Do’s and Don’ts for investing

Investments are a function of various aspects: risk appetite of the individual, fund available for investment, the choice between various asset classes, investment objectives (long-term capital appreciation or short-term gains), and liquidity preferences. It is a complex process which involves time, energy and a professional approach. ‘Portfolio Management’ has emerged to be the specialised profession for aiding investors. A portfolio manager understands the client’s investment goals, time horizon, risk appetite and advises appropriate allocation of funds in diverse investment vehicles. Opening a demat account is a simplified process, and hence many retail investors even opt for self-management of their funds.

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After the physical trading of stock was discontinued, investment penetration in the market improved to a great extent. An investor is always concerned about capital appreciation along with earning sufficient returns. Here are some of the do’s and don’ts of investing:

DO’S-

Research: Whether a professional is hired to make your investment decisions, or you do it yourself; the most important caveat is to invest after adequate research has been done. Even hiring an investment manager or portfolio advisor should be backed by research. You must be able to repose confidence and trust in the person handling your investments, in case you aren’t doing them yourself. In the digital era, there are many varied sources of information – books, periodicals, case studies, literature authored by renowned investors like Warren Buffet and informational television shows. There is no dearth of knowledge available for acquiring information about the basics as well as complex investing.

Have clear objectives: Every investment is time-bound and goal oriented. Investors should be clear about their objective of making the investment. A 50 year old man investing in real estate would be aiming for capital appreciation in the long run, while a 35 year old woman investing in shares would be aiming for short-run returns. The risk profile and investment objective of each individual is different, and it is the duty of every investor to be clear about expected returns, time frames, liquidity preferences and periodicity of returns.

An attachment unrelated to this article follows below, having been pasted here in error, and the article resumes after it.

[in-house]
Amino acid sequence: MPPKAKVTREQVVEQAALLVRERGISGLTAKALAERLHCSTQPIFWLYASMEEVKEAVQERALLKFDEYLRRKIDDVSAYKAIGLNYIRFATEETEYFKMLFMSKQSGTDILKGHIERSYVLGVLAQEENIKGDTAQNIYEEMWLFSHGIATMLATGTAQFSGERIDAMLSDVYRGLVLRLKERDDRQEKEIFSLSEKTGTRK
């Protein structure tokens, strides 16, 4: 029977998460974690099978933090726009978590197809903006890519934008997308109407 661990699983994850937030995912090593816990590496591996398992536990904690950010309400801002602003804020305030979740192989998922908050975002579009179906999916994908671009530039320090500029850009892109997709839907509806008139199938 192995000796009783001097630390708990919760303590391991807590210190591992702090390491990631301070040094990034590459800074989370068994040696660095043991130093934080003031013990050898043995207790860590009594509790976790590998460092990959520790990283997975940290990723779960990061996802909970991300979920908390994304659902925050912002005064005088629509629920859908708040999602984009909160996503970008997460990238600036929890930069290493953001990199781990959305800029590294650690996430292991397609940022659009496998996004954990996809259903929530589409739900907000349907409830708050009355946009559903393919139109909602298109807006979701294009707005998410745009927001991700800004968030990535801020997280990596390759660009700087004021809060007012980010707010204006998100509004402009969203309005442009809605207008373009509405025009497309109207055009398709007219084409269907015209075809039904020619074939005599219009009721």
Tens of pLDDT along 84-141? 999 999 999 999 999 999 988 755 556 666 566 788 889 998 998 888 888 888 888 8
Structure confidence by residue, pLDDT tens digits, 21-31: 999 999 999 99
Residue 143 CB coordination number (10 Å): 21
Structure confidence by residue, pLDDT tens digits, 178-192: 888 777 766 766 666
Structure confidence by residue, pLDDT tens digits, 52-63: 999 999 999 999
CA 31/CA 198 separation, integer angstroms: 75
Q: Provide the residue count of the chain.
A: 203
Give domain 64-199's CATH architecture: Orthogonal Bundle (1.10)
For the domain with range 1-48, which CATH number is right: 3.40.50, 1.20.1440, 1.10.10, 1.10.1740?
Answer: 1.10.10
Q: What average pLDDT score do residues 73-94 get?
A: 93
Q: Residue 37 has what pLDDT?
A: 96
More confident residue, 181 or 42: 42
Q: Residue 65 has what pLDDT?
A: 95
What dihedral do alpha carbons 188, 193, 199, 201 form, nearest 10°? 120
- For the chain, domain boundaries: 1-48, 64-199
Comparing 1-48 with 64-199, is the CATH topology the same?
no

Diversify: A common mistake that early investors make is that they invest maximum or all of their funds in a single asset class such as shares or real estate. It is always wiser to diversify investments to reduce risks and improve the probability of returns. Putting all your eggs in the same basket runs the risk of exposure to higher risks. If the investment fails, the investor would lose the capital invested as well. Diversification across assets helps to minimise risks. Even in the share market, there are stocks bundled as per industry and market capitalisation. Investors can easily pick and choose the amount of total investment to be allocated in these categories, as suited to their individual preferences.

DON’TS-

Invest late: Investments should begin at a young age as it takes time to understand the intricacies involved in investing. Making intelligent investments is an art and science and the judgement of when to enter and exit the market takes time to evolve and develop. Investments are best begun during the productive age (20 to 60) without postponing the decision. Make small investments at a young age, but don’t postpone the decision to later. Also, investments should never be made with emotion. They should be thoroughly researched and planned and not based on ‘feelings’ or ‘emotions’.

Ignore liquidity: Investors often make the error of ignoring the requirement of adequate liquidity in the overall portfolio. If all the funds are locked in long-term investments like real estate, fixed deposits etc., it could get difficult to meet short-term liquidity requirements that could arise unexpectedly. It is always advisable to keep a certain percentage of total investable funds in liquid assets, to ensure quick conversion to cash. Some examples of liquid assets are: government securities, mutual fund investments, deposit accounts and investment in shares.

Overanalyse: After researching on successful investment strategies, speaking to financial advisors and making their own calculations, investors often end up overanalysing before making investment decisions. Analysis is no doubt important, but overly analysing the pros and cons of a strategy could waste time and also lead to loss of opportunities for the investor. Funds must be allocated wisely in a time bound manner across asset classes as decided by the investor or his financial advisor. Don’t overthink and miss profit making opportunities.

Investment has undergone a sea change since digitisation and dematerialisation of shares. It has become more accessible, comprehensible and profitable for small investors. Returns generation and capital enhancement are now accessible to small, mid-level and large investors alike. Even foreign investments are possible in the form of shares, bonds and foreign currencies. Appropriate caution should be exercised by investors to minimise losses and maximise gains from investing their hard earned money in any asset classes.

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About the Author: Jacklyn J. Dyer

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